Friday, April 20, 2012

Anders Breivik, Violence, and Violent Software

Last night, as we ate a late dinner following drum practice, I ran something by my eleven year old.  He and I both share an enjoyment of first person shooter games, and so I ran a bit of challenging FPS news by him.

That news came out of Norway, where the trial of mass-shooter Anders Breivik is underway.  Breivik, in the event you don't recall, is the man who walked into a youth camp with automatic weapons and proceeded to methodically kill seventy-seven unarmed individuals.

He's utterly unrepentant, viewing his actions as a necessary act of resistance against the forces of Marxist/Islamism, which he sees as all part and parcel of the liberal agenda.  In trial this week, Breivik claimed that he'd used FPS games to train for his attack, particularly Modern Warfare 2.  Video games facilitate violence, went the headlines.

So I asked my son what he thought of this.  He was skeptical on two fronts.  First, he noted that Modern Warfare 2 bears only a passing resemblance to actual combat.  It's frenetic, hyperkinetic, and not particularly representative of the dynamics of battle.   My eleven year old has a love of history, and knows that warfare itself looks and feels very little like the gaming experience.

Second, how much "training" do you really need to kill unarmed kids?   My son noted that the mass killing of helpless, terrified, fleeing civilians is not generally part of FPS games.  There, the game is about competition with equals, and testing your skills and reaction times against those of others who are equally empowered.   And it is simply a game.  It is not violent, because those playing it know and mutually assent to the rules of the game.  No physical or actual harm is inflicted to opponents.

The issue is not gaming software.

Nor, quite frankly, is the issue that Breivik is insane.  As the court has found, he is not.  We might like to think that the problem lies in some deep seated neurological problem, but the pathology of his monstrous acts has nothing whatsoever to do with that.   I've spent much time with schizophrenics in my life, and gotten to know those living with real clinical mental illness.  Some have been my friends.   From that context, it is clear to me that there is nothing wrong with the hardware of his mind.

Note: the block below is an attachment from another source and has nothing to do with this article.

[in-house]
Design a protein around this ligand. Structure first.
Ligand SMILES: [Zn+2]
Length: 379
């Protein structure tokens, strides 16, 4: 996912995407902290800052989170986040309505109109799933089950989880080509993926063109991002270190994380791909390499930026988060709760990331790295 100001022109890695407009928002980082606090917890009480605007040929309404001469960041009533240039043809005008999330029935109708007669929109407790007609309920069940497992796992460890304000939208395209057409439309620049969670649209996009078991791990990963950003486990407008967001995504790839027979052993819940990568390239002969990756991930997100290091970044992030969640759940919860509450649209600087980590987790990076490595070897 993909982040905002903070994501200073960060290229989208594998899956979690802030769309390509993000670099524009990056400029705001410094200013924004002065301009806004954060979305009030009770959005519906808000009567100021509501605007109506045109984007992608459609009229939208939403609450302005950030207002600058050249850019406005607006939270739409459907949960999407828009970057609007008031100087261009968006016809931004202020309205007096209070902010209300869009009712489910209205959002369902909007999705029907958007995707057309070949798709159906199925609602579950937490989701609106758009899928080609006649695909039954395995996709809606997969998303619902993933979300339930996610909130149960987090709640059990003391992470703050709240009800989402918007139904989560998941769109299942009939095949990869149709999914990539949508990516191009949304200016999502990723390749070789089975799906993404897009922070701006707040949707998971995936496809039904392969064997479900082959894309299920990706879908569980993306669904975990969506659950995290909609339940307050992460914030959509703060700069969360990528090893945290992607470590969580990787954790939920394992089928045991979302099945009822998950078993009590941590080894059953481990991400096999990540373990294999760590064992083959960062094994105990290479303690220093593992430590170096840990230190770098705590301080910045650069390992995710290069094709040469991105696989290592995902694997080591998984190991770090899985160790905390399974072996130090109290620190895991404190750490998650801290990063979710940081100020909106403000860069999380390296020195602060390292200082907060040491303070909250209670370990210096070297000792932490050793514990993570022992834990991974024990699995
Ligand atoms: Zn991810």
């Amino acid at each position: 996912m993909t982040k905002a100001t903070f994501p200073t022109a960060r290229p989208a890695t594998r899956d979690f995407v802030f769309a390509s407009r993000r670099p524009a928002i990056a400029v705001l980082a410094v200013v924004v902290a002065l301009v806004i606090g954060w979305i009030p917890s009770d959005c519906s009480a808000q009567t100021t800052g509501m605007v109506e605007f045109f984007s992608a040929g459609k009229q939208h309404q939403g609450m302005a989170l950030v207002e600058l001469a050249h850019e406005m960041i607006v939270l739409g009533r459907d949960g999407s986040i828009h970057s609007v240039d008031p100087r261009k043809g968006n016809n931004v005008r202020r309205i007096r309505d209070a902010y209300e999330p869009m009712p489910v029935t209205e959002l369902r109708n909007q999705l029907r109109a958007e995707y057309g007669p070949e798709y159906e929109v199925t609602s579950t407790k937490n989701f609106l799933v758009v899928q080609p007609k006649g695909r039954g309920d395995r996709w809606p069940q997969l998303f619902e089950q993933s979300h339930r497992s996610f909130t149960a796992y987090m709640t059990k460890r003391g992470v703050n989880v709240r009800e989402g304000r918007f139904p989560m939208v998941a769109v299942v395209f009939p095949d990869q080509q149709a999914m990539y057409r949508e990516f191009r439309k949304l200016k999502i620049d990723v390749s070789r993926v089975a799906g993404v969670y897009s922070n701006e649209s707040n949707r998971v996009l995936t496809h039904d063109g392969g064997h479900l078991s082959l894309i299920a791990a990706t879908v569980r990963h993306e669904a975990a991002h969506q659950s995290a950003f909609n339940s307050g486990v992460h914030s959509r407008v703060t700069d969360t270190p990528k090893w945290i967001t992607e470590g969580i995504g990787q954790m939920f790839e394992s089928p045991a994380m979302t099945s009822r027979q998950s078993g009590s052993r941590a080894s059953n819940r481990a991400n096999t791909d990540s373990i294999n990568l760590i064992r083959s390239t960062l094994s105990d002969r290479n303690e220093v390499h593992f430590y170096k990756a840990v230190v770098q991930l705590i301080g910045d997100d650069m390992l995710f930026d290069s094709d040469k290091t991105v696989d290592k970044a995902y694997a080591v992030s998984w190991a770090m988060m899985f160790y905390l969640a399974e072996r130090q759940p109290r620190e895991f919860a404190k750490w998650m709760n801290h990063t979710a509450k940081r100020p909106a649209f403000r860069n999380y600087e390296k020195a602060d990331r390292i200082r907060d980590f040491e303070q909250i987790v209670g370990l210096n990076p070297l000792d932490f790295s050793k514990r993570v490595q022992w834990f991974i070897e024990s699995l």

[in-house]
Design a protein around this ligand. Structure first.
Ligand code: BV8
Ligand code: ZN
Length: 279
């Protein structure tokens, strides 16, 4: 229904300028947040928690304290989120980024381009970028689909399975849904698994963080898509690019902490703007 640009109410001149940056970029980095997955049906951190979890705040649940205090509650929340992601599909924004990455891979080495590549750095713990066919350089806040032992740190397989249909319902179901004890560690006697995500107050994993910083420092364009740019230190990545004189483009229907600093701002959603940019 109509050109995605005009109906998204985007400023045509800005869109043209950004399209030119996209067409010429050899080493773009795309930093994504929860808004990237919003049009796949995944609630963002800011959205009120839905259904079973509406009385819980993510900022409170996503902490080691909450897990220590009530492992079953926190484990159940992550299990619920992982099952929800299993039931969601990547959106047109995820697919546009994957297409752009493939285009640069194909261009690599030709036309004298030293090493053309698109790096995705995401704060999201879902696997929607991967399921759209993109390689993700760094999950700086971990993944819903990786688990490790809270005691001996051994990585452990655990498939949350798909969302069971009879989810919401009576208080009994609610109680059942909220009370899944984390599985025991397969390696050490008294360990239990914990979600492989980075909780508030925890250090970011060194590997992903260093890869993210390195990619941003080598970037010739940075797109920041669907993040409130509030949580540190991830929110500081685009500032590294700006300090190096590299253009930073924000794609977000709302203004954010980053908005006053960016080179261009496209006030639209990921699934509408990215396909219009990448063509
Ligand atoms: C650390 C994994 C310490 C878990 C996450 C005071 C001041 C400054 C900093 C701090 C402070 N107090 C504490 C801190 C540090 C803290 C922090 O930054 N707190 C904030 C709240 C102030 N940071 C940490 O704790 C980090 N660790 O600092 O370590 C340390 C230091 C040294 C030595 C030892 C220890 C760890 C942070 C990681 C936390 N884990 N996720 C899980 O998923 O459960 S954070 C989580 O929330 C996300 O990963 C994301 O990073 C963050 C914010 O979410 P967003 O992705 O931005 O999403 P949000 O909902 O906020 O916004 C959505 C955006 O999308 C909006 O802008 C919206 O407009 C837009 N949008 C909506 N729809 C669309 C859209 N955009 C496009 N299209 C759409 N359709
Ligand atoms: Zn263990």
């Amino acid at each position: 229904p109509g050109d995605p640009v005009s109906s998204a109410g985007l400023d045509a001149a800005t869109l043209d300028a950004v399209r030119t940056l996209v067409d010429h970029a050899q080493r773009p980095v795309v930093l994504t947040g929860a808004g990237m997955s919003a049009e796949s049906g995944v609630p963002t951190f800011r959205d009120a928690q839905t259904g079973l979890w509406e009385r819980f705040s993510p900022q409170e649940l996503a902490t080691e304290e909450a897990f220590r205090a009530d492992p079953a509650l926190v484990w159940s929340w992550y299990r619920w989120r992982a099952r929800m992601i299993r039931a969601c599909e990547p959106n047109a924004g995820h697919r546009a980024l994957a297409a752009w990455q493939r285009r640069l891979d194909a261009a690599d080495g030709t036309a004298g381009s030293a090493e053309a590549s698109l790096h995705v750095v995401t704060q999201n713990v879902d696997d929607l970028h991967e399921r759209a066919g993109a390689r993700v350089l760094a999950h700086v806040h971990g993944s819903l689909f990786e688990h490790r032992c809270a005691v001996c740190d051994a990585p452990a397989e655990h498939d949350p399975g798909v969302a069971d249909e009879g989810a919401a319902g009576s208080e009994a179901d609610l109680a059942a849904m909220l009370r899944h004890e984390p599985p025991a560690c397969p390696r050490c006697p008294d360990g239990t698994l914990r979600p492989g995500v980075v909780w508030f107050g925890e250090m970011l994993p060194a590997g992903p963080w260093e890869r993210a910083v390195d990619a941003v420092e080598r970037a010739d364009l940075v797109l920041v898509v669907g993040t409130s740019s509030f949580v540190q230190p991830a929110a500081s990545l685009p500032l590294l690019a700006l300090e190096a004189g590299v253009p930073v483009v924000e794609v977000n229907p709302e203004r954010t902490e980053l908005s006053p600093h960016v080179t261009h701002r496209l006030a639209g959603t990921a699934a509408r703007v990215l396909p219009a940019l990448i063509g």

I spent some time reading through portions of Brevik's 1,500 page manifesto yesterday.  Lord have mercy, what is it with these people and their manifestos?  It is "rambling," as they tend to be.  But it is not the work of a broken mind.

It is not the most original work.  In fact, it reads remarkably like the writings of other ultraconservative mass murderers, like also-not-insane Oklahoma City Bomber Timothy McVeigh.  It also reminded me a bit of Ayn Rand.   It is utterly self-absorbed and convinced that it contains the One Great Truth Only The True Believers Know, wrapping a fundamental selfishness and disdain for other human beings in concepts like liberty and freedom.  It is the work of a mind in isolation, tuned only to those who echo its hatred.

The issue is the software.  Not the gaming software.  The wetware software.

What it is not is insane.  It is not mental illness that drove Breivik to kill, but a pattern of thinking that lead him down that path.  That pattern of thinking is not insanity.  It is better described as evil.  And it's OK to say that word.

Much has been made of Breivik being "Christian."  But his Christianity bears no resemblance to the teachings of Jesus.  Searching his manifesto for the keyword "Jesus" gets you some angry invective about how liberals have stolen Jesus, or are misusing Jesus to excuse being kind to and tolerant of Muslims.   The name of Jesus is dropped when he talks about being a Crusader or a warrior.  Where Jesus himself is mentioned at all, it is not in his core teachings of love, self-giving, or the Kingdom.  Instead, we get two painfully familiar proof-texts about how Jesus gives us the right to armed self-defense.

I say painfully familiar because a skim of Breivik's fulminations reads remarkably like the fury in the American ultraconservative blogosphere.  The same enemies are cited.  The same arguments are made.  The same anger is expressed.   Ultimately, it's an anger rooted in a transition-resistant culture, and its fear of loss.   Clearly, he was an isolated soul, who became so lost in anger and the silo of ultra-right-wing aggrievement that he stopped viewing other human beings as human.   That is true of any extremism.

And it is that programming, diametrically opposed to the love ethic, that has always been the heart of violence.


1 comment:

  1. I like to keep my manifesto's short and succinct. Rambling and drawn out just doesn't work anymore here in the "Twitter Age".

    My current Manifesto is simply Micah 6:8. It works remarkably well. ;o)

    I think Breivik is what happens with extreme, self imposed isolation. He was accountable to no one, ever. And that includes his ideas and disjointed thoughts on the fixations he seemed to obsess over.

    And yes, he is evil.

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